When you have an allergic reaction, your body traps allergens by bringing more blood to the lining of the nose. Inflammation and swelling occur. This causes more mucus production. The combination of inflammation, swelling, and mucus causes nasal congestion and limits air flow.
Decongestants relieve stuffy noses and make it easier for you to breathe by narrowing blood vessels and reducing blood flow to mucous membranes. This results in less mucus and congestion. Decongestants also help open the nasal cavity and sinuses, often within minutes.They are a relatively safe medication when used to treat nasal allergies, and they work even if you take them after you've been exposed to an allergen.
Decongestants are available both over the counter and by prescription, and there are many different types and combinations. You can even get allergy medications that are a combination of decongestants and antihistamines. If the decongestant you use doesn't work, talk to your pharmacist or doctor. There are many varieties from which to choose.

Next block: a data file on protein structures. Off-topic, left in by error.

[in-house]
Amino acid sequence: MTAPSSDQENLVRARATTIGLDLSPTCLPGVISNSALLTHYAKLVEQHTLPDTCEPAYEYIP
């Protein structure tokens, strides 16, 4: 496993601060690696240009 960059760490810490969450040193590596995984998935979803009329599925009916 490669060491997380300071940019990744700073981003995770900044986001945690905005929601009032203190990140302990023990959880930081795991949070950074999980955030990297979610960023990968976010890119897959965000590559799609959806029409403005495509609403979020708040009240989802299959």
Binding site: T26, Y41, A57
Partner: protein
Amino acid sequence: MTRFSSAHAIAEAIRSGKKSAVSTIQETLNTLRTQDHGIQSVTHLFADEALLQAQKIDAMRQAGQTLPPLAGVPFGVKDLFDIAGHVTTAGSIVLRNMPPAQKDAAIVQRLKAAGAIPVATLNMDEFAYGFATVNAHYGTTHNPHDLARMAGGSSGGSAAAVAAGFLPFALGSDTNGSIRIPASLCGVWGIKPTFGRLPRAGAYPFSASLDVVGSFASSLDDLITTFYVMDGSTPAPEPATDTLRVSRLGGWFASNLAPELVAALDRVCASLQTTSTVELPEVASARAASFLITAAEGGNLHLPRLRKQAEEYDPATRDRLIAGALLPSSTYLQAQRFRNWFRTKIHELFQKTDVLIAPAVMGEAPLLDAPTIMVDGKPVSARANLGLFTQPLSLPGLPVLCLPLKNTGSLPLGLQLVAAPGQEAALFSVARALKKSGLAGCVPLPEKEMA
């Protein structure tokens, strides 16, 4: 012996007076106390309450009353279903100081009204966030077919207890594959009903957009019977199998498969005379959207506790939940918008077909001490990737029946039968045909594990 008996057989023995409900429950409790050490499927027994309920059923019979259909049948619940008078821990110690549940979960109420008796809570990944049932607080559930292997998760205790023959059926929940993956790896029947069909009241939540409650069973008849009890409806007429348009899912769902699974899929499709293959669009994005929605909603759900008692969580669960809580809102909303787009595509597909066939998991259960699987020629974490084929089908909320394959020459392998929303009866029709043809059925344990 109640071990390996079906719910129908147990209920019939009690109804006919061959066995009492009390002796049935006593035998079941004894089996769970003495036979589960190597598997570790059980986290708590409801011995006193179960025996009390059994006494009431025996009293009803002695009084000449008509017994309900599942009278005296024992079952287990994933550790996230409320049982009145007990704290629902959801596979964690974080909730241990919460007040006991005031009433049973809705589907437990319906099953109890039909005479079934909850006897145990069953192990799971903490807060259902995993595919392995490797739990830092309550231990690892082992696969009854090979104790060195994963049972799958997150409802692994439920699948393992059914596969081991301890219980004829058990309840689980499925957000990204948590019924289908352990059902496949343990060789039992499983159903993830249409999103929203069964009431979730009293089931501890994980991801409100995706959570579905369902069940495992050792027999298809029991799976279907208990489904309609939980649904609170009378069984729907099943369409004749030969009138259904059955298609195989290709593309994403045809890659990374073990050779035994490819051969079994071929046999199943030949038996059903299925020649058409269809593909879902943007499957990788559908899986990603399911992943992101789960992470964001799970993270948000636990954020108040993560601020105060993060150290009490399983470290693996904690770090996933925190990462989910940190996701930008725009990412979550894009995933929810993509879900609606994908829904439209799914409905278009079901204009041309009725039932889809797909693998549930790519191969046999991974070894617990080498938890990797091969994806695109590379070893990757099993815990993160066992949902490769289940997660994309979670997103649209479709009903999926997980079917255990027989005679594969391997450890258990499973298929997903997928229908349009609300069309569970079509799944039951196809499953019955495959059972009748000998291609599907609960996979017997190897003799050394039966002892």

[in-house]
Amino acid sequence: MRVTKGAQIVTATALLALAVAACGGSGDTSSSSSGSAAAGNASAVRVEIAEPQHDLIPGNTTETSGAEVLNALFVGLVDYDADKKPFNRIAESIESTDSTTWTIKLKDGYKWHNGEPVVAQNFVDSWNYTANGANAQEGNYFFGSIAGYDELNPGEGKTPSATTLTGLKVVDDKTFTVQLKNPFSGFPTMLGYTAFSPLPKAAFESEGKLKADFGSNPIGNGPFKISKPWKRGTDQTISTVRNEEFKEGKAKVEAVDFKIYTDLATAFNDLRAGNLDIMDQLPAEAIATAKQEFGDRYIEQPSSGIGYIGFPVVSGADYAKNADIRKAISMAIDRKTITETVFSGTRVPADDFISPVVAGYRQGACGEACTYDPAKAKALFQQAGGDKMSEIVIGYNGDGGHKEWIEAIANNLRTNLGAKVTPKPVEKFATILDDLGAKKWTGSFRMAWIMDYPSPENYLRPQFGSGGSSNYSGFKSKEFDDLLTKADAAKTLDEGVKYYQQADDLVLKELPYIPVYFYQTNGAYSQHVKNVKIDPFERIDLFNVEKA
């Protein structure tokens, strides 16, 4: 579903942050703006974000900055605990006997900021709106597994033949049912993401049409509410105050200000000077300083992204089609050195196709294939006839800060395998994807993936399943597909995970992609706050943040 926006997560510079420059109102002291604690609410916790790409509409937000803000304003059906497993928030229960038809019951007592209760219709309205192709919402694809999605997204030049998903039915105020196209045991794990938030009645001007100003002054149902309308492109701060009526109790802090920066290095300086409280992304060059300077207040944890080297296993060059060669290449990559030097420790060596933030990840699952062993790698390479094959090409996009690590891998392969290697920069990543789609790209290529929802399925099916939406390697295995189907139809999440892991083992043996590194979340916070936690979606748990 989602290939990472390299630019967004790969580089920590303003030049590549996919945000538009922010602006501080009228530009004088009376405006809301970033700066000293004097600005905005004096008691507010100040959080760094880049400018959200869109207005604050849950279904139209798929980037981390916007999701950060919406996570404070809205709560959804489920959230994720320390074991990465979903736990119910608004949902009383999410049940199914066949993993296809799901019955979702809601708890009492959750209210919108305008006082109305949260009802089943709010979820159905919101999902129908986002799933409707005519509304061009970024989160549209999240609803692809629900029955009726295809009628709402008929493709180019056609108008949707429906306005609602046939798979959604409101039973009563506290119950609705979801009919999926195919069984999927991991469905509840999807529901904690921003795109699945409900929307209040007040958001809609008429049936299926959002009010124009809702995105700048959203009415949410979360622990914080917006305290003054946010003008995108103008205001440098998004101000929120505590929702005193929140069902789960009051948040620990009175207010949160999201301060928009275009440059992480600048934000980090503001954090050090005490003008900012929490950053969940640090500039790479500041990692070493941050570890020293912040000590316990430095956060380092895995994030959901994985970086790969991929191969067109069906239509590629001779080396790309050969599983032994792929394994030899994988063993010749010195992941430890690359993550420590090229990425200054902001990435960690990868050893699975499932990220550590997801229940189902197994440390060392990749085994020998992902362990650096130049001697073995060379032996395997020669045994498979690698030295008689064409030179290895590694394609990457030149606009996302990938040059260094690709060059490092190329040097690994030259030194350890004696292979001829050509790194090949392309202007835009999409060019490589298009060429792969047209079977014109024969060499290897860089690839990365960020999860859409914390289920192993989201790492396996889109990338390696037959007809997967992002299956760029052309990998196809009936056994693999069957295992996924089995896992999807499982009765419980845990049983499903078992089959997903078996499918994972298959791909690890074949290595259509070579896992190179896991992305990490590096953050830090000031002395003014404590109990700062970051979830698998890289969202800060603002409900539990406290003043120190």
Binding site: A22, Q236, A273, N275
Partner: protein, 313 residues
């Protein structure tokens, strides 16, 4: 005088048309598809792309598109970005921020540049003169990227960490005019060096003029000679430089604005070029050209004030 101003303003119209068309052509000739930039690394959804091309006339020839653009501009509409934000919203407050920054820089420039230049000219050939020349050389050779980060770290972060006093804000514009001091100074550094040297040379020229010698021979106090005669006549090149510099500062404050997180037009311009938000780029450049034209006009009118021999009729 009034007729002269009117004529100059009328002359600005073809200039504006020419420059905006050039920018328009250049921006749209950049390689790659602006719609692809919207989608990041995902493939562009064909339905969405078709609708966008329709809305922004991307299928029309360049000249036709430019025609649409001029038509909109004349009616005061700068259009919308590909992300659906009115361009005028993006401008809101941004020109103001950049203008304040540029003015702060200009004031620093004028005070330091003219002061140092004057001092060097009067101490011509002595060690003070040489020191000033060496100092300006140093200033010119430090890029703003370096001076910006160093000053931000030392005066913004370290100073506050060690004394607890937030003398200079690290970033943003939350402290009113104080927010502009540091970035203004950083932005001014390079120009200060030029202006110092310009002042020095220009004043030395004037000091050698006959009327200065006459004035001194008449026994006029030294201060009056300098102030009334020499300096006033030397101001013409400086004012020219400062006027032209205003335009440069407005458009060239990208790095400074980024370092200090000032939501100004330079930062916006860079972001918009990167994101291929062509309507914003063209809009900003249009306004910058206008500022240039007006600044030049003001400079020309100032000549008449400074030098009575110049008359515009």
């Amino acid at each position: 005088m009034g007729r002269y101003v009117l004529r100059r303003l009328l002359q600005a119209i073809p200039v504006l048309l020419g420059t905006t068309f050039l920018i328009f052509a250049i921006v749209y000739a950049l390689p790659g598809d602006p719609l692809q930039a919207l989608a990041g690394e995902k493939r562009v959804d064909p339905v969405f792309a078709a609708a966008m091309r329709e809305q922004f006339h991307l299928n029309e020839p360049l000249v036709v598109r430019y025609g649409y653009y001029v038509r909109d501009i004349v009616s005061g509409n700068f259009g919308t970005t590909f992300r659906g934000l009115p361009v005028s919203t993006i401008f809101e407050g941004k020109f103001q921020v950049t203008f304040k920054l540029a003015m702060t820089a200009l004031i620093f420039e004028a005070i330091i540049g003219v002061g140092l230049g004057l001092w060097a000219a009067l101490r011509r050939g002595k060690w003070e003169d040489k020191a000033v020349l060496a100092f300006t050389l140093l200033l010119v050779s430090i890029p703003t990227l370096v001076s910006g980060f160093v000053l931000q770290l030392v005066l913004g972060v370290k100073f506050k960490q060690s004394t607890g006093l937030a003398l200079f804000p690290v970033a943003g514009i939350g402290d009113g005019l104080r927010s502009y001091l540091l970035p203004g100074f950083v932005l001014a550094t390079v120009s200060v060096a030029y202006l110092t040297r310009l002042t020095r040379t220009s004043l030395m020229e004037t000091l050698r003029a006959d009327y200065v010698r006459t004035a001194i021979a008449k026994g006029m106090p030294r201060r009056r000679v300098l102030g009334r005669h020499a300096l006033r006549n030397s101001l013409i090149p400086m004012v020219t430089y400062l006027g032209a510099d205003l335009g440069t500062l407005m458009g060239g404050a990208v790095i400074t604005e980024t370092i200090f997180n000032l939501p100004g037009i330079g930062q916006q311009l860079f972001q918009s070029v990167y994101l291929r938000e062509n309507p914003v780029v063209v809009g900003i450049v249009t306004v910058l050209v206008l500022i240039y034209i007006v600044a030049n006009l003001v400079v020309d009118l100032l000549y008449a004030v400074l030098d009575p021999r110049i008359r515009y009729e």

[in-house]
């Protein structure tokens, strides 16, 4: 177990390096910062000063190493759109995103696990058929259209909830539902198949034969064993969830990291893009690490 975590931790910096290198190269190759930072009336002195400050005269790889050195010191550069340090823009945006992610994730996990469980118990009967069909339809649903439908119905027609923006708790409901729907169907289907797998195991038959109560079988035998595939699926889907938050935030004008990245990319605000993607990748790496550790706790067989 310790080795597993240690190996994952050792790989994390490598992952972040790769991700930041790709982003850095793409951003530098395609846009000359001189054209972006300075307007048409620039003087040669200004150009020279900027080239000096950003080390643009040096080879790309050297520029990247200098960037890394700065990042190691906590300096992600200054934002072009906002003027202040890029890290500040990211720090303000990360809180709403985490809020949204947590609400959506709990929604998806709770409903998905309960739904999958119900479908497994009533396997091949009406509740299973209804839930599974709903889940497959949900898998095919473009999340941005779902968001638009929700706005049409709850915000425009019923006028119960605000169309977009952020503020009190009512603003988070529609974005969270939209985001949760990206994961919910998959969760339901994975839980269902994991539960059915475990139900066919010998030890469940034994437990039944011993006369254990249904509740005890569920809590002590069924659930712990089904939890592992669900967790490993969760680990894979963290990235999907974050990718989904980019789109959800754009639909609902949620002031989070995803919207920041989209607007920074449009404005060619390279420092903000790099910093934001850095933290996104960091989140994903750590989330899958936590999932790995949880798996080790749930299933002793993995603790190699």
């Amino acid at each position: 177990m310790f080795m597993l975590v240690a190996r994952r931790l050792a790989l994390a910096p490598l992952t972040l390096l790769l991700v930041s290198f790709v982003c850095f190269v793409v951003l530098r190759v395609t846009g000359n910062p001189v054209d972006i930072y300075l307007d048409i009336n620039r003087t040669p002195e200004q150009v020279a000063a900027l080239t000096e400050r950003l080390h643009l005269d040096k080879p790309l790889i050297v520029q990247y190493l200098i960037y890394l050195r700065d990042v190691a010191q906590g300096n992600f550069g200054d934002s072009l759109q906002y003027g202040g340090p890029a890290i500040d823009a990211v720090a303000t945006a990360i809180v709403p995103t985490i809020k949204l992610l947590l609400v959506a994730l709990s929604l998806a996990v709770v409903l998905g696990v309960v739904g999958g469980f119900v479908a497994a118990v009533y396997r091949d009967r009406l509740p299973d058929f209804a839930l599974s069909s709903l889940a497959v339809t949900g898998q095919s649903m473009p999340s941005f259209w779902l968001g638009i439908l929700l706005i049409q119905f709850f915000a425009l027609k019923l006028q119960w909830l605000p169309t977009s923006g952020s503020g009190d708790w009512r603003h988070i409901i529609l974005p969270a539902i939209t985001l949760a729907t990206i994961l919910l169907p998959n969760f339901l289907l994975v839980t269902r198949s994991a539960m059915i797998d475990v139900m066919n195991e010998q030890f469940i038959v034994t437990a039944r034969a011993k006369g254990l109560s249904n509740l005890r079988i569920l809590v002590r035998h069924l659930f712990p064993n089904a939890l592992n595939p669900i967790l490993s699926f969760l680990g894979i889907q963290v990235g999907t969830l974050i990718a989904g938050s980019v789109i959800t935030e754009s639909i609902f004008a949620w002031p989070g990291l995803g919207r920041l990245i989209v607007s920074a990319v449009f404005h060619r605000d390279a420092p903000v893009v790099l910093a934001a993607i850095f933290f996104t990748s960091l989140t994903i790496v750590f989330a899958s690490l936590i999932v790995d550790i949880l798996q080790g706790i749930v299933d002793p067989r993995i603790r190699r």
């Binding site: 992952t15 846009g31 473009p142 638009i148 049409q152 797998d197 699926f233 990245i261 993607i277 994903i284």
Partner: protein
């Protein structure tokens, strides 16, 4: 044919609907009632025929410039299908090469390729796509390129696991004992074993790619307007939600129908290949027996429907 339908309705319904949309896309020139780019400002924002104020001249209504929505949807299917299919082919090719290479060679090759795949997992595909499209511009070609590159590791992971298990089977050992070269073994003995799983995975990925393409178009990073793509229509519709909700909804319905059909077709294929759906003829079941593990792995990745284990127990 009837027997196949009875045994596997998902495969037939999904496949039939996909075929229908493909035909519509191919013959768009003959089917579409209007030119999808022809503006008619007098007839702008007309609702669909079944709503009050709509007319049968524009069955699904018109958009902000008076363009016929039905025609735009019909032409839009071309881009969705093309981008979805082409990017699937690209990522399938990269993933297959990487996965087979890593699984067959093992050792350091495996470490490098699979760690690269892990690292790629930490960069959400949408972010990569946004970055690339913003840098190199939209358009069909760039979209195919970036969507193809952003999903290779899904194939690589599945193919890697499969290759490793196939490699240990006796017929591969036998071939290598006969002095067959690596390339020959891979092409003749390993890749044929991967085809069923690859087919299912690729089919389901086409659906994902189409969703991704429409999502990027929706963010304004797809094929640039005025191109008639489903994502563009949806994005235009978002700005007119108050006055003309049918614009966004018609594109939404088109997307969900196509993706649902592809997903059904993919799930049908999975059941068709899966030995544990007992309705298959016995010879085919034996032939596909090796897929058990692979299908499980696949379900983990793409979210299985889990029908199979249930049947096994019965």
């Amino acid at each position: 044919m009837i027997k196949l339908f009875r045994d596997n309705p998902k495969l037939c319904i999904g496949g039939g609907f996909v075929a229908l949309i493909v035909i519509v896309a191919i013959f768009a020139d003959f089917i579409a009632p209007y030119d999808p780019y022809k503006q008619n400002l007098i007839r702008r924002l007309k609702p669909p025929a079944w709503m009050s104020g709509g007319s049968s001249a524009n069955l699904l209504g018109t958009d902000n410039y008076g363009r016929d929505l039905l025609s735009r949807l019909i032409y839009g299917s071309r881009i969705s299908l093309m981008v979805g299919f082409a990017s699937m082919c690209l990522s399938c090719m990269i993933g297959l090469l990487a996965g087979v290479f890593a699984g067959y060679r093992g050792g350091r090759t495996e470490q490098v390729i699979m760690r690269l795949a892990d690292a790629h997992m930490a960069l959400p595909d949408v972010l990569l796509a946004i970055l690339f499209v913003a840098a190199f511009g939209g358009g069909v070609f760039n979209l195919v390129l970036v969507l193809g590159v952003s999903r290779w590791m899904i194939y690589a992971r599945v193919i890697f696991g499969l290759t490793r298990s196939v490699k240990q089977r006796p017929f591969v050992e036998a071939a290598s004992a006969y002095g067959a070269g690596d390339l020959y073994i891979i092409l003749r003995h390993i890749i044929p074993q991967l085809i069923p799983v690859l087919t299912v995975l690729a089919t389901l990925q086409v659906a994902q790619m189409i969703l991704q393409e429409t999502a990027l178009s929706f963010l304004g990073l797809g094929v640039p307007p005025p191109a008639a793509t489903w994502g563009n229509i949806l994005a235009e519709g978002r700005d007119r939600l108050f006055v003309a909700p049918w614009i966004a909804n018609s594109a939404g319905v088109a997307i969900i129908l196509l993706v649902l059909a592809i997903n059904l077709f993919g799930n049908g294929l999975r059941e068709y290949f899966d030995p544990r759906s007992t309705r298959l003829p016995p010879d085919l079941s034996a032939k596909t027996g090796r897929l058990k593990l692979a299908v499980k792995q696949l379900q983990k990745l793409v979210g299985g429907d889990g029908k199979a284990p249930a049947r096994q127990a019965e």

Decongestants are available as tablets, nasal sprays or drops. Nasal sprays or drops deliver medicine directly into your nose. They can provide almost instant temporary relief of the nasal congestion that develops from allergic reactions. However, continued use can cause a stuffy nose that doesn't clear and irritate the inside of the nose. Be careful not to overuse.
Oral decongestants take more time to reduce congestion because they have to be swallowed and absorbed by the body. They start working after about an hour or two. Decongestant tablets are the best form to use if you need allergy symptom relief for more than a few days. Tablets should not be taken by people with heart problems, diabetes, enlarged prostate, high blood pressure, or by nursing mothers or those taking beta-blockers (blood pressure and heart medication). There can also be problems with restlessness, nervousness, insomnia.
See the next page to see more common side effects of decongestants and how to use them safely.